By targeting pimps and johns rather than prostitutes, Bill C-36 succeeds in improving on the safety concerns that led the courts to strike down most of Canada’s old prostitution law last year. But there is still work to do.

OTTAWA, Oct. 16, 2014 – Federal legislation that rightly targets johns and pimps instead of prostitutes could well withstand a constitutional challenge as long as key steps are taken to help women exit prostitution, a new commentary from the Macdonald-Laurier Institute finds. This is despite much public commentary asserting the legislation is fatally flawed.

Benjamin Perrin, a University of British Columbia law professor who has extensively studied human trafficking, says those who favour a different approach – such as decriminalization or even outright legalization – are unlikely to find success in striking down the law in the courts.

The federal government created the new legislation, known as Bill C-36, after the Supreme Court struck down a significant portion of Canada’s old prostitution laws.

The December 2013 Bedford decision found that Canada’s legal framework makes room for regulating where and how prostitution can be conducted. However, the court ruled, any new legislation cannot increase the risk for prostitutes.

The MLI commentary, titled "How to Make Canada's New Prostitution Laws Work", finds that the new law is better designed.

One of the biggest risks to the legislation is if courts find that it materially increases the risk to prostitutes. But C-36, which was passed by the House of Commons last week and will soon become law, breaks with the old legislation by explicitly recognizing the exploitative nature of prostitution, rather than treating it as a nuisance which needs to be kept from public view.

By making it illegal to buy from or exploit prostitutes while only targeting those who are selling sex in certain cases, the new legislation shifts criminal responsibility away from prostitutes to johns and pimps.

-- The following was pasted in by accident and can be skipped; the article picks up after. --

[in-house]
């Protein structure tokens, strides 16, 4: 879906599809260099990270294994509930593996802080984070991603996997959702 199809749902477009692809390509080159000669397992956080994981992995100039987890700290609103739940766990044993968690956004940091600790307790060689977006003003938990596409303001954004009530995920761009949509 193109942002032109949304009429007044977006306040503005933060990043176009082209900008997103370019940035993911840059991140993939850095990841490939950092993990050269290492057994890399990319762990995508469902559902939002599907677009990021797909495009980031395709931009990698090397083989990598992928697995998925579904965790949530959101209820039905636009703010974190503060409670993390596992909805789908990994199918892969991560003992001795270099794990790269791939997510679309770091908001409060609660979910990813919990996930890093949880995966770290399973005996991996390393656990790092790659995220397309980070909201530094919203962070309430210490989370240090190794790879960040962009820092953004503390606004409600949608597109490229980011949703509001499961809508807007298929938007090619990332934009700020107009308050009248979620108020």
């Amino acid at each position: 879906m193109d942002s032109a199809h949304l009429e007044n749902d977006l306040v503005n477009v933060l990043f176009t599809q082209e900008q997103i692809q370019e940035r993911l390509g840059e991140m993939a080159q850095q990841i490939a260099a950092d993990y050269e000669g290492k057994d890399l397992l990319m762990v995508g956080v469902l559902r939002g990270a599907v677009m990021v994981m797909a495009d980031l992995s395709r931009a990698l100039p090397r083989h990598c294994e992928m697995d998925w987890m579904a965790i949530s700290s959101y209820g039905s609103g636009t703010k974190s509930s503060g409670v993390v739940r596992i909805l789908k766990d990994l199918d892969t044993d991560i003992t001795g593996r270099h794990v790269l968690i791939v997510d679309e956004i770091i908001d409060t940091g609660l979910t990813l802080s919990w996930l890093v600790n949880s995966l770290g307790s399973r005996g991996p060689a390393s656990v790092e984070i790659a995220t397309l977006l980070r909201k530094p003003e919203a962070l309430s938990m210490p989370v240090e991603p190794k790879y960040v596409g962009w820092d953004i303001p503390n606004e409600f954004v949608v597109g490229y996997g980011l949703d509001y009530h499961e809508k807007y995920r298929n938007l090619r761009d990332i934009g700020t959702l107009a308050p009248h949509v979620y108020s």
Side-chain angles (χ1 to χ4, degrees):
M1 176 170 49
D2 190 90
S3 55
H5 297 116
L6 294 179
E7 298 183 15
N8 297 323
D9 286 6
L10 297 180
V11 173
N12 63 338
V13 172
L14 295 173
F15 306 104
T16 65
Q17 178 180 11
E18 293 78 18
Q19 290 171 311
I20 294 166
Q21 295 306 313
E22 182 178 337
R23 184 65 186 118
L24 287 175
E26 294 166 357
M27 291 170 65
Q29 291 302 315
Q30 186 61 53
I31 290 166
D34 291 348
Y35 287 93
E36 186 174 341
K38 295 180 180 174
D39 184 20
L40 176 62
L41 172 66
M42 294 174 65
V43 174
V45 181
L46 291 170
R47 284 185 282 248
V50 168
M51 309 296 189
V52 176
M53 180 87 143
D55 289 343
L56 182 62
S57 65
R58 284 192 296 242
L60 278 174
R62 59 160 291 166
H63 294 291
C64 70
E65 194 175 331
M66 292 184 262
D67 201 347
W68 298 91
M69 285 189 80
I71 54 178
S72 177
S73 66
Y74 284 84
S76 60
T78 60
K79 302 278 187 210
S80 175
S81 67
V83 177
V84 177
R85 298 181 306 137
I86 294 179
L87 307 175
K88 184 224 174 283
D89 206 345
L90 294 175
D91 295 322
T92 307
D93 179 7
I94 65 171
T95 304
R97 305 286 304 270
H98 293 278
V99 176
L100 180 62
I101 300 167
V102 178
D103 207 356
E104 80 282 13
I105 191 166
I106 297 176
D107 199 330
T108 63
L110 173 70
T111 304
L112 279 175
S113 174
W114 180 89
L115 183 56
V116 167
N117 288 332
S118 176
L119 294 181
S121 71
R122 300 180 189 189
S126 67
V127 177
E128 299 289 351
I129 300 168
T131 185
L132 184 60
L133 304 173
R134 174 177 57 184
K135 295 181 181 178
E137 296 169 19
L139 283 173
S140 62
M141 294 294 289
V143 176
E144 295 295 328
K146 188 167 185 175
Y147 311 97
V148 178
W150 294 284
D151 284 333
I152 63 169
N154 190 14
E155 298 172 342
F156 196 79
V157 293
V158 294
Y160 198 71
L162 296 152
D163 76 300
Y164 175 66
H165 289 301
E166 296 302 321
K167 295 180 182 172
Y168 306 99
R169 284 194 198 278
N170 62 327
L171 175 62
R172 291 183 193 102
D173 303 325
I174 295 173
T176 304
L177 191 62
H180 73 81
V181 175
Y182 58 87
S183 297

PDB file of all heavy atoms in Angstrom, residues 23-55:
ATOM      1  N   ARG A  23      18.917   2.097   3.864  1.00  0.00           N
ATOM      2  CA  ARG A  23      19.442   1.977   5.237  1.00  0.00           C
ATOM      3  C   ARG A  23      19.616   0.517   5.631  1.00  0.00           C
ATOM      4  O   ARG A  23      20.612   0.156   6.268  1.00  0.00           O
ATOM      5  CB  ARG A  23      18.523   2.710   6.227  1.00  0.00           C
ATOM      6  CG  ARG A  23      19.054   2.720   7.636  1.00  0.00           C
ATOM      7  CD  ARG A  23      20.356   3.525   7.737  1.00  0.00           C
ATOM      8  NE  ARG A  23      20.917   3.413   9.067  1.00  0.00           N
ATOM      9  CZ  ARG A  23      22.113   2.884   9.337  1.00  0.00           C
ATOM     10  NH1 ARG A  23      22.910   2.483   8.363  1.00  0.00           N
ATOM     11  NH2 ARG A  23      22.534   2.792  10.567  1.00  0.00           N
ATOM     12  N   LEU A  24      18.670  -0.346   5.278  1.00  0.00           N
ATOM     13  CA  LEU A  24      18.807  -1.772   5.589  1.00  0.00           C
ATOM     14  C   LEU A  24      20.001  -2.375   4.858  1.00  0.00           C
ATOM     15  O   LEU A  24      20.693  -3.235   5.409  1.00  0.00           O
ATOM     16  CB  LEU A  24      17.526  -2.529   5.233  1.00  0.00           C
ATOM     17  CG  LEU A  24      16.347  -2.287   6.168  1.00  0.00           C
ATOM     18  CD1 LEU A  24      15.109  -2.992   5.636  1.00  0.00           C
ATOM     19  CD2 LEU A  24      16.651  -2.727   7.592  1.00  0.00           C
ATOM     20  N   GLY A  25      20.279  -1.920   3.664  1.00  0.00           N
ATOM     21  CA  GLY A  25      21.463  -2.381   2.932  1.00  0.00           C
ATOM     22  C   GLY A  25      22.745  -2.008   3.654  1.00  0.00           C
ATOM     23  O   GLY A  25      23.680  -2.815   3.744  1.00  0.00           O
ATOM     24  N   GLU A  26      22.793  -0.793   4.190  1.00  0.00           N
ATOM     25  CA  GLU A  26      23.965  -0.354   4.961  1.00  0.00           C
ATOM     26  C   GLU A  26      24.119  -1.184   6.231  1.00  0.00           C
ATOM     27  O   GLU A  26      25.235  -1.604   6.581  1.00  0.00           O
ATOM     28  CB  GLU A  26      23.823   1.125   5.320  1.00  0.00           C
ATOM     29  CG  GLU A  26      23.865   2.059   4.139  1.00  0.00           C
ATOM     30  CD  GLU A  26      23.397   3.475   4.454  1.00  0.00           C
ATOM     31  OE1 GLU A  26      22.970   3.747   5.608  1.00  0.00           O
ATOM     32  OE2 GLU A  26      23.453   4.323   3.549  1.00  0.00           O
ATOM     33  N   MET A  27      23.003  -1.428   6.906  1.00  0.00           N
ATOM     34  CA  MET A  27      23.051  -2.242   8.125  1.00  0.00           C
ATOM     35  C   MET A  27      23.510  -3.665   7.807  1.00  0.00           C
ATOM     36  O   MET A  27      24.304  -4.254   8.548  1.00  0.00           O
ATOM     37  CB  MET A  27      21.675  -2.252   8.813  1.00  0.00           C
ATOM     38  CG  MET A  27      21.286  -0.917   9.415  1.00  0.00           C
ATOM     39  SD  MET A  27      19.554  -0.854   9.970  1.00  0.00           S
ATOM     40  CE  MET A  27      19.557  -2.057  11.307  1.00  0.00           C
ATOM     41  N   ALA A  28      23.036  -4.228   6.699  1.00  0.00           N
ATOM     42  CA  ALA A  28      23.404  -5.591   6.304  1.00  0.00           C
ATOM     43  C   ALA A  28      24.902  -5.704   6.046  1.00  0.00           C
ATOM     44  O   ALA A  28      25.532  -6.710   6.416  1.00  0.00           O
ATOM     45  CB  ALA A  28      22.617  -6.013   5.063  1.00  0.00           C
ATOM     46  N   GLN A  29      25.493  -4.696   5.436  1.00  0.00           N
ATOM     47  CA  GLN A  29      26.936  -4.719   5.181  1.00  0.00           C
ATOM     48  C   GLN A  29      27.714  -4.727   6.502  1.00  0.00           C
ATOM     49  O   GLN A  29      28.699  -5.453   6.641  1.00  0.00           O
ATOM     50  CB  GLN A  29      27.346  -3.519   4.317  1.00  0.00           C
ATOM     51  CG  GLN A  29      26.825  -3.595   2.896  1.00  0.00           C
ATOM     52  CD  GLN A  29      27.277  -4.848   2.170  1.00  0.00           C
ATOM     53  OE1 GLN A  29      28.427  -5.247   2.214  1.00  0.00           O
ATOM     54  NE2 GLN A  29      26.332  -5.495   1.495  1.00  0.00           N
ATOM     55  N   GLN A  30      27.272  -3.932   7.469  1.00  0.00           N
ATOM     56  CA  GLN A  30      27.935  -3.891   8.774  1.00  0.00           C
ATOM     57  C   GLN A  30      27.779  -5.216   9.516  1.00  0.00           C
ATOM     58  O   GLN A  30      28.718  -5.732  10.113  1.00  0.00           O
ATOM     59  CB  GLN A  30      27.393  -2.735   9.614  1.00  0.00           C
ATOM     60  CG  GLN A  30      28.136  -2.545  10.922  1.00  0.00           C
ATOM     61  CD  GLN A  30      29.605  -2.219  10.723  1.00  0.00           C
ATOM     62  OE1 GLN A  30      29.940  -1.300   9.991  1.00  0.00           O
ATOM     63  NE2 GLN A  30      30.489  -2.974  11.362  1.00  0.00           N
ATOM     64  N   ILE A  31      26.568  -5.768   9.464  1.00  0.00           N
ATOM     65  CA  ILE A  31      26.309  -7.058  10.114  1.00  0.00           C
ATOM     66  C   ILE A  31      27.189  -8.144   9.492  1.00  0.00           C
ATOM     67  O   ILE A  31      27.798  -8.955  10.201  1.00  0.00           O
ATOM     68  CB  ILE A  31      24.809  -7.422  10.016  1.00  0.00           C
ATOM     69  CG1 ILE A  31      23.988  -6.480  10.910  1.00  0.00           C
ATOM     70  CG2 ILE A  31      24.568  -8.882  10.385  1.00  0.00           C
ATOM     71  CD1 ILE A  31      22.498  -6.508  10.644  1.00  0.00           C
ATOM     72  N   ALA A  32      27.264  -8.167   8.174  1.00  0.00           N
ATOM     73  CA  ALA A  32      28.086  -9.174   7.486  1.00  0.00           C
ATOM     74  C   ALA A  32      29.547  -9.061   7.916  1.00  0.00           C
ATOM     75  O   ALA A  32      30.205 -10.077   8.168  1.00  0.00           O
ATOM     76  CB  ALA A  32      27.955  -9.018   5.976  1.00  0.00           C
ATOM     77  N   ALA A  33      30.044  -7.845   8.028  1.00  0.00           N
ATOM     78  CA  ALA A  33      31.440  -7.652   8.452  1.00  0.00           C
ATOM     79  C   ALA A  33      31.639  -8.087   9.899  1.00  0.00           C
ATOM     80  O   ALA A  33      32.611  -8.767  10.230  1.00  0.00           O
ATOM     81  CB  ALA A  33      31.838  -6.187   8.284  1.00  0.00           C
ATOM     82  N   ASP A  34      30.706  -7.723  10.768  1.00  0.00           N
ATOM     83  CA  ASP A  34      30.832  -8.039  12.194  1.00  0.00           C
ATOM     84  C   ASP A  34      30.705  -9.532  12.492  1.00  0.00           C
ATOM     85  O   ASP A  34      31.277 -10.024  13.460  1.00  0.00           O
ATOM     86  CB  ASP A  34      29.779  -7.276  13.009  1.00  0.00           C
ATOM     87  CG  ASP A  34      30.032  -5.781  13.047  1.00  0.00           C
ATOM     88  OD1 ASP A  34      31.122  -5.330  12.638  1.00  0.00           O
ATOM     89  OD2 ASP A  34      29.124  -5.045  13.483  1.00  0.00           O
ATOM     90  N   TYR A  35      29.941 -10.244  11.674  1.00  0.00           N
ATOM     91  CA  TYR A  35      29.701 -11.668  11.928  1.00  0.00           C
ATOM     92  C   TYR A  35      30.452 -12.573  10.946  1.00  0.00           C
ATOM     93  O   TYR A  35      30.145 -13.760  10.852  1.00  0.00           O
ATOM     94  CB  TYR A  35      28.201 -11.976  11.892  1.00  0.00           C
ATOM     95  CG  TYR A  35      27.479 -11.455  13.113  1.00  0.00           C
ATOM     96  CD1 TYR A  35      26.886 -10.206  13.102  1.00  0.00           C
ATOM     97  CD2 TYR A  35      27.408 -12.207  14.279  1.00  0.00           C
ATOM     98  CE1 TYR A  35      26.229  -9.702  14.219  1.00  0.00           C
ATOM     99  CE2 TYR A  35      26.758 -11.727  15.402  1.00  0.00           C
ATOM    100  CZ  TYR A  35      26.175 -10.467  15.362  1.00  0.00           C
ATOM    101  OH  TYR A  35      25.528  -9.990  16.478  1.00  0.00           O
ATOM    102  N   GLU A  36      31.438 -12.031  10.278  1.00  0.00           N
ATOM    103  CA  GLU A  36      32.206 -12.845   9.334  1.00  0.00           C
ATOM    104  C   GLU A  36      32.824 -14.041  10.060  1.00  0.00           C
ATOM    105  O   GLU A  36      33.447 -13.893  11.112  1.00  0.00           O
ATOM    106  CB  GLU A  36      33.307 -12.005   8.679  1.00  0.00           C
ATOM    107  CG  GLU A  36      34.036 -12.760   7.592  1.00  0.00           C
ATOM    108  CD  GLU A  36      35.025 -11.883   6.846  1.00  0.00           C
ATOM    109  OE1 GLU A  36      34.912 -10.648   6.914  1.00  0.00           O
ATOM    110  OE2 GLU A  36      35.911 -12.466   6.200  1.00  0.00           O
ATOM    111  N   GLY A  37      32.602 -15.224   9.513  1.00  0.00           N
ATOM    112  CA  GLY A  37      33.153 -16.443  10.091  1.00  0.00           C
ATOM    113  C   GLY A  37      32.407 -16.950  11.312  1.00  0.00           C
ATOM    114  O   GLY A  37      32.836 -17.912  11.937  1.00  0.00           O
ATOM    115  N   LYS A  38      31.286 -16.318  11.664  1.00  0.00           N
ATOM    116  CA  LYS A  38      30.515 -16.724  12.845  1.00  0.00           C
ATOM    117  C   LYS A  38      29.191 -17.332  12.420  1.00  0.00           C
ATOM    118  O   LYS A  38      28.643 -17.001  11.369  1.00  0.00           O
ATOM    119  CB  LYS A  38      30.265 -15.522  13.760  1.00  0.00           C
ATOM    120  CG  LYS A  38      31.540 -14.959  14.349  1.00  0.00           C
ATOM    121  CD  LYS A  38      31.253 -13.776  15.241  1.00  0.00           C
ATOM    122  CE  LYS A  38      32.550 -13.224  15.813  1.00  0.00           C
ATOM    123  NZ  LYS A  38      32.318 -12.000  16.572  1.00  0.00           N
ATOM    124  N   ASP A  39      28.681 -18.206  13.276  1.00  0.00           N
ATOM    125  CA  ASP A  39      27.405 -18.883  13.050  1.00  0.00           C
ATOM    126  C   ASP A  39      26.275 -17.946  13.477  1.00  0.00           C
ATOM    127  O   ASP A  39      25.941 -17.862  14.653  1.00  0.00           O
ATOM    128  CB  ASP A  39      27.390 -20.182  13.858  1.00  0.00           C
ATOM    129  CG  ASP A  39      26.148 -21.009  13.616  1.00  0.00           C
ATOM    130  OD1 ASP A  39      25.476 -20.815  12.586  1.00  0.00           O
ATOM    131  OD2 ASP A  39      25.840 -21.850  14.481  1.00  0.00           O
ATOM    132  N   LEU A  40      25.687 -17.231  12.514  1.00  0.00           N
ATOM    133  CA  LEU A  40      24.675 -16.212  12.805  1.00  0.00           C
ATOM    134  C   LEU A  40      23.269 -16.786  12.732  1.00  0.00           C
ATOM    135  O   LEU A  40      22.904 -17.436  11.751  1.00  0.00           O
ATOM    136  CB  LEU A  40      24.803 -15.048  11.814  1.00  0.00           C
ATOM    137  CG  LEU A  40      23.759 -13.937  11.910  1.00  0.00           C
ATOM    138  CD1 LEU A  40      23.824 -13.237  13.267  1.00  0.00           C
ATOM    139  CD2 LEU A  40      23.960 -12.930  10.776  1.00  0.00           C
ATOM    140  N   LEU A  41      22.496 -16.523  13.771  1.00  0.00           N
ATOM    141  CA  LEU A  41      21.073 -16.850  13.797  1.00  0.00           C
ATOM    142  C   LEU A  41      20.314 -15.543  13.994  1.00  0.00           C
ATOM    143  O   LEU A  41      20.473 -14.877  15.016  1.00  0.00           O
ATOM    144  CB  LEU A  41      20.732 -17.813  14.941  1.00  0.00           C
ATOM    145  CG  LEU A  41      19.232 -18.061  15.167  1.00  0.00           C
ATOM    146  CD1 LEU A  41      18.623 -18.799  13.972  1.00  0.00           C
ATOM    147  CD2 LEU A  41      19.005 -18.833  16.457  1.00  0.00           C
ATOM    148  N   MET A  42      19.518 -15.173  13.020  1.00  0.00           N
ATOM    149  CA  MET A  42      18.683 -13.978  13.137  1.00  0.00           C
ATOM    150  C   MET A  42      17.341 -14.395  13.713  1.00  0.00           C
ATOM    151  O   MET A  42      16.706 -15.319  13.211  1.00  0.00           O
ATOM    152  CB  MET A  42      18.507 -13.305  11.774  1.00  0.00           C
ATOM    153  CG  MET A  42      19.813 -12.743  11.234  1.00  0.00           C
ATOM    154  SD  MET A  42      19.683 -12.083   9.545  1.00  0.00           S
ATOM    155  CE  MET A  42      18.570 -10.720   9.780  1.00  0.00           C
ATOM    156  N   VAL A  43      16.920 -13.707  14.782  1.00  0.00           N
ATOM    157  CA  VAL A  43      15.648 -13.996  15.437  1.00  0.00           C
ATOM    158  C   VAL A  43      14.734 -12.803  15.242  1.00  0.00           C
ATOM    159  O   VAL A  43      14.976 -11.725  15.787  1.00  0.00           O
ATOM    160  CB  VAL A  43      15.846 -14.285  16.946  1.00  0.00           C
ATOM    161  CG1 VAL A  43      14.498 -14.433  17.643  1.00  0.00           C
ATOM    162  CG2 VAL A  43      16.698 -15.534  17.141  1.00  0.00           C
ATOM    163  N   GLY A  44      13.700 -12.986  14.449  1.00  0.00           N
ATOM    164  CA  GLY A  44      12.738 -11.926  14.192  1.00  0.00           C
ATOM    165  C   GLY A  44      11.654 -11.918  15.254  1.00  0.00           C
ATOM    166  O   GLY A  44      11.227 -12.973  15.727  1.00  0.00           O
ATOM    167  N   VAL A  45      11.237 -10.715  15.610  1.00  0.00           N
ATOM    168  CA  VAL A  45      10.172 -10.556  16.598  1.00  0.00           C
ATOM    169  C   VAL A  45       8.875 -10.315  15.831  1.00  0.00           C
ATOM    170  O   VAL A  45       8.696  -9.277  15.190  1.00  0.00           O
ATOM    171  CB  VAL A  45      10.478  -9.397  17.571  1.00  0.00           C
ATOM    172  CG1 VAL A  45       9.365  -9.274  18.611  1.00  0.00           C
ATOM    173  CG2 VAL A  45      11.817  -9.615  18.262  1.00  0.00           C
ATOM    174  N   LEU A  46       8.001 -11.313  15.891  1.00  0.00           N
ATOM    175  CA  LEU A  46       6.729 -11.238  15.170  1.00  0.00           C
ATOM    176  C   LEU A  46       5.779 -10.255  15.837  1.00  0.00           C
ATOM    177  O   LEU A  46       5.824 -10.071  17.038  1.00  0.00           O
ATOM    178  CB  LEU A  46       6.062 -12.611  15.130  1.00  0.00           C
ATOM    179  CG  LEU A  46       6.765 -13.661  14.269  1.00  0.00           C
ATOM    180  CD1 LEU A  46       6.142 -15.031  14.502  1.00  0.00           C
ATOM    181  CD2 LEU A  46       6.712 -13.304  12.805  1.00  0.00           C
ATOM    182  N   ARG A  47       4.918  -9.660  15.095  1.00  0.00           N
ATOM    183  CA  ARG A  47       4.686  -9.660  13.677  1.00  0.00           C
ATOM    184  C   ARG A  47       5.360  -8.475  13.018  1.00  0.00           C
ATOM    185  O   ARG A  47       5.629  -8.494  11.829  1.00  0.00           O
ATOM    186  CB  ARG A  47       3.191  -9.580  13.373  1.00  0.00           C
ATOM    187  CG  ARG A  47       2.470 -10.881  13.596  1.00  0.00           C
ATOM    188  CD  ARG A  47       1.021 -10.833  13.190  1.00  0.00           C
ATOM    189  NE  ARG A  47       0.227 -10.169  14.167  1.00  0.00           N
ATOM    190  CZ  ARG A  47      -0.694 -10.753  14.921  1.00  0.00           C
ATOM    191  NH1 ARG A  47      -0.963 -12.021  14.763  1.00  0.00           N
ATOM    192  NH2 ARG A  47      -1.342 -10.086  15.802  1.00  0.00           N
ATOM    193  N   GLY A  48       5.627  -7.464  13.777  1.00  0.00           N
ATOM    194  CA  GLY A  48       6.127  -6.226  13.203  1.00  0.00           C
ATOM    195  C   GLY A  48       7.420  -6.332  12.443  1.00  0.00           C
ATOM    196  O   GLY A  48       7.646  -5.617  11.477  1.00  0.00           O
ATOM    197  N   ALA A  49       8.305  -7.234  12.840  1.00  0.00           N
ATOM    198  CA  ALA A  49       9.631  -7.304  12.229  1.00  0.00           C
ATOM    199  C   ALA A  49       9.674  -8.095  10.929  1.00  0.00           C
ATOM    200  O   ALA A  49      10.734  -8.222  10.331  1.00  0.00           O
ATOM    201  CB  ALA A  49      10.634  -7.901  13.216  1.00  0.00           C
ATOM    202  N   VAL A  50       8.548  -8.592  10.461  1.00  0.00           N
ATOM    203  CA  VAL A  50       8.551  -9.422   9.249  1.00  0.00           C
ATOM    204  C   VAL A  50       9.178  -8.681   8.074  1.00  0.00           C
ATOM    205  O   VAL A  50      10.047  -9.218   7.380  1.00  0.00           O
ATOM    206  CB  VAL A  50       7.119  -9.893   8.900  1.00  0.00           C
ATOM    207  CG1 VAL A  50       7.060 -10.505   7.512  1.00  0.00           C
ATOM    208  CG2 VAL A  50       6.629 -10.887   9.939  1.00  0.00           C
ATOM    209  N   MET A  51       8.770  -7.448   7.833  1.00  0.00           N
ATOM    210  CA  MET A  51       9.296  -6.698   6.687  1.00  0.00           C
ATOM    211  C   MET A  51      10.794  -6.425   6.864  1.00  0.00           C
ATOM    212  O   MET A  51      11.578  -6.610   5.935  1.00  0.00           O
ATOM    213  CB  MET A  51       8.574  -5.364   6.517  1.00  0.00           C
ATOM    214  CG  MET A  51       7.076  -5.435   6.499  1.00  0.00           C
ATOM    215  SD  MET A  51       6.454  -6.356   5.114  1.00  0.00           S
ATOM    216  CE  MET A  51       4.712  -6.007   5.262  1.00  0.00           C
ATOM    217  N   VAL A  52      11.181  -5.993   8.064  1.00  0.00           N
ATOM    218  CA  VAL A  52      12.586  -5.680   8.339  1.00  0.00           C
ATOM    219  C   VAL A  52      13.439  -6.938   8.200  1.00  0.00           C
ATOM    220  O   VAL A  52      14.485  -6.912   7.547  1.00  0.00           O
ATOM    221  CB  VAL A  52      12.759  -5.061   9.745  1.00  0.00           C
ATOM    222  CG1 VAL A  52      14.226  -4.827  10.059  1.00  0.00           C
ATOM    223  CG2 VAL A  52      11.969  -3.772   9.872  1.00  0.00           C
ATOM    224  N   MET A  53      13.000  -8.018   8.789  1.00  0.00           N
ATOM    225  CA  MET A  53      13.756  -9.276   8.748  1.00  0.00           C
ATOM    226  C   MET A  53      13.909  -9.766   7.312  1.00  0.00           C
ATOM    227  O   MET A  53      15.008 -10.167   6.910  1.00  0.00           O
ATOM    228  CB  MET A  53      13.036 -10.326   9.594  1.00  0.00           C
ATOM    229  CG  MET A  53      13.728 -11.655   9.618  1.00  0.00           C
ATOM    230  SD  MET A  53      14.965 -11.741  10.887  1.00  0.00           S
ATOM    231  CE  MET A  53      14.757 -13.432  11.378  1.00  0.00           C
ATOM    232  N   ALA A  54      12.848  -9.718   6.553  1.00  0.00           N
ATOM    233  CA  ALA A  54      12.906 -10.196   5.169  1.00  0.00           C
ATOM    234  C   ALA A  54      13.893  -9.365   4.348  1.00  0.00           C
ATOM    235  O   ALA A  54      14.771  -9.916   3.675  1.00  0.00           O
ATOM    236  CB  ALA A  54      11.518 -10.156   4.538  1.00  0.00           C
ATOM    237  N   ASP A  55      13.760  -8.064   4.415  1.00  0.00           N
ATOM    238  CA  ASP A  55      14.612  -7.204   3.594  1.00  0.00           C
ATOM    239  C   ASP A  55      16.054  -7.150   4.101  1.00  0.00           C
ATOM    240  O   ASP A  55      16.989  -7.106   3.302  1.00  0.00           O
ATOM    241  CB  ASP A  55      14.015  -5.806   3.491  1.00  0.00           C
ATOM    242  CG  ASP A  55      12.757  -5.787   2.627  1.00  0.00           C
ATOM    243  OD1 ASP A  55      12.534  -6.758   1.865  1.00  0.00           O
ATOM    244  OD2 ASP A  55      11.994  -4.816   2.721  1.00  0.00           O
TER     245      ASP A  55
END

“The ultimate question that will be addressed by a future court will be whether Bill C-36 increases the risk to prostitutes or not”, Perrin writes in the commentary. “That is a question that will be answered by evidence, based on Canadian experience – not speculation and conjecture”.

Bill C-36 further improves its chances of withstanding a constitutional challenge by allowing prostitutes to hire security guards and offer sexual services at fixed locations, which makes it legal for them to work indoors.

But there is work to be done. Perrin makes four recommendations for ensuring the success of the legislation:

  • Launch a national strategy with increased funding to help prostitutes exit;
  • Train police, prosecutors, judges, and service providers on the new approach;
  • Target police enforcement at johns, pimps, and traffickers; and
  • Monitor and conduct research on the effects of Bill C-36.

The commentary builds on a report Perrin authored for MLI earlier this year titled “Oldest Profession or Oldest Oppression? Addressing prostitution after the Supreme Court of Canada decision in Canada vs. Bedford”. Many of Perrin’s recommendations were reflected in Bill C-36.

To read the full report, click here.


Benjamin Perrin is an Associate Professor at the University of British Columbia, Faculty of Law and a Senior Fellow at the Macdonald-Laurier Institute. He previously served as Special Adviser, Legal Affairs & Policy in the Office of the Prime Minister and was a Law Clerk at the Supreme Court of Canada.

The Macdonald-Laurier Institute is the only non-partisan, independent national public policy think tank in Ottawa focusing on the full range of issues that fall under the jurisdiction of the federal government.

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